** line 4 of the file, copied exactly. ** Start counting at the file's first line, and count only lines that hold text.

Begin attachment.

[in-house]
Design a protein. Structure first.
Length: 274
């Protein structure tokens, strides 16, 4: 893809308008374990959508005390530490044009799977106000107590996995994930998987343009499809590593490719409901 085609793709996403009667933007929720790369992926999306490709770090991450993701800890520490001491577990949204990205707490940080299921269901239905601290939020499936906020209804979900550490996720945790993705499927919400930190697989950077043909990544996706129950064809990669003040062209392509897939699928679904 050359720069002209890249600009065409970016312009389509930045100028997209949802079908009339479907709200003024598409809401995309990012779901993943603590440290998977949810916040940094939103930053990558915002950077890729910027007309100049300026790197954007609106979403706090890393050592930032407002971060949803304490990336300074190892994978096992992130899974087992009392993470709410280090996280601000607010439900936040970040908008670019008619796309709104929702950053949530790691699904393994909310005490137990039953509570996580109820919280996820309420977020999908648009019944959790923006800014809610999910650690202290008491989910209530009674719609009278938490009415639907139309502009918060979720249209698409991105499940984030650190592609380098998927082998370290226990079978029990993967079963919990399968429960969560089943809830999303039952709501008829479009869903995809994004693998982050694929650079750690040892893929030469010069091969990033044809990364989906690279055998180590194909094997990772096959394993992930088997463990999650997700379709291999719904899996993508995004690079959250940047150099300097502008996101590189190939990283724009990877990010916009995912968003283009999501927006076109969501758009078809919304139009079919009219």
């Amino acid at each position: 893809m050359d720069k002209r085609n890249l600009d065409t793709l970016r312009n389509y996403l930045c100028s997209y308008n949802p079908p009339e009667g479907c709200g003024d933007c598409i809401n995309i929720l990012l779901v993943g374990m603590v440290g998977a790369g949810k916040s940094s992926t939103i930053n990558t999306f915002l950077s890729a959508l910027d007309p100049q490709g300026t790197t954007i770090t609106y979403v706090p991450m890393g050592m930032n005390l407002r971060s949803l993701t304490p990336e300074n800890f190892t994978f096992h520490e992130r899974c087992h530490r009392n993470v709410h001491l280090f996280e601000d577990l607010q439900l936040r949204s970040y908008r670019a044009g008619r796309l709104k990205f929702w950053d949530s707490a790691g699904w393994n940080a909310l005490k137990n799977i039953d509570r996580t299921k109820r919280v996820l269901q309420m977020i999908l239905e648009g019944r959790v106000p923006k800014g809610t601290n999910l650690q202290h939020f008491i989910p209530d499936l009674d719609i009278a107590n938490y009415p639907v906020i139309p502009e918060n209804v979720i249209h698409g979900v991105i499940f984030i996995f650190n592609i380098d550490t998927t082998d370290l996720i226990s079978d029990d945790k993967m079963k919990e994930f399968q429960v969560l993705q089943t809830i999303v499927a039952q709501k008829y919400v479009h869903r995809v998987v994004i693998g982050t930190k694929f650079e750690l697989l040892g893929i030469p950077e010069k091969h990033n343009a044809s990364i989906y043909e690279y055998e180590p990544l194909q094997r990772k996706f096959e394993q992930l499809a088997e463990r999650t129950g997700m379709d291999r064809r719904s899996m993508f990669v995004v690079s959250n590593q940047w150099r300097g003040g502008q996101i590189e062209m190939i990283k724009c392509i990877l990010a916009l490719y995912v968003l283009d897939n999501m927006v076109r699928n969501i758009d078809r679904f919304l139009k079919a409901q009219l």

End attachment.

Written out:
């Protein structure tokens, strides 16, 4: 893809308008374990959508005390530490044009799977106000107590996995994930998987343009499809590593490719409901 085609793709996403009667933007929720790369992926999306490709770090991450993701800890520490001491577990949204990205707490940080299921269901239905601290939020499936906020209804979900550490996720945790993705499927919400930190697989950077043909990544996706129950064809990669003040062209392509897939699928679904 050359720069002209890249600009065409970016312009389509930045100028997209949802079908009339479907709200003024598409809401995309990012779901993943603590440290998977949810916040940094939103930053990558915002950077890729910027007309100049300026790197954007609106979403706090890393050592930032407002971060949803304490990336300074190892994978096992992130899974087992009392993470709410280090996280601000607010439900936040970040908008670019008619796309709104929702950053949530790691699904393994909310005490137990039953509570996580109820919280996820309420977020999908648009019944959790923006800014809610999910650690202290008491989910209530009674719609009278938490009415639907139309502009918060979720249209698409991105499940984030650190592609380098998927082998370290226990079978029990993967079963919990399968429960969560089943809830999303039952709501008829479009869903995809994004693998982050694929650079750690040892893929030469010069091969990033044809990364989906690279055998180590194909094997990772096959394993992930088997463990999650997700379709291999719904899996993508995004690079959250940047150099300097502008996101590189190939990283724009990877990010916009995912968003283009999501927006076109969501758009078809919304139009079919009219």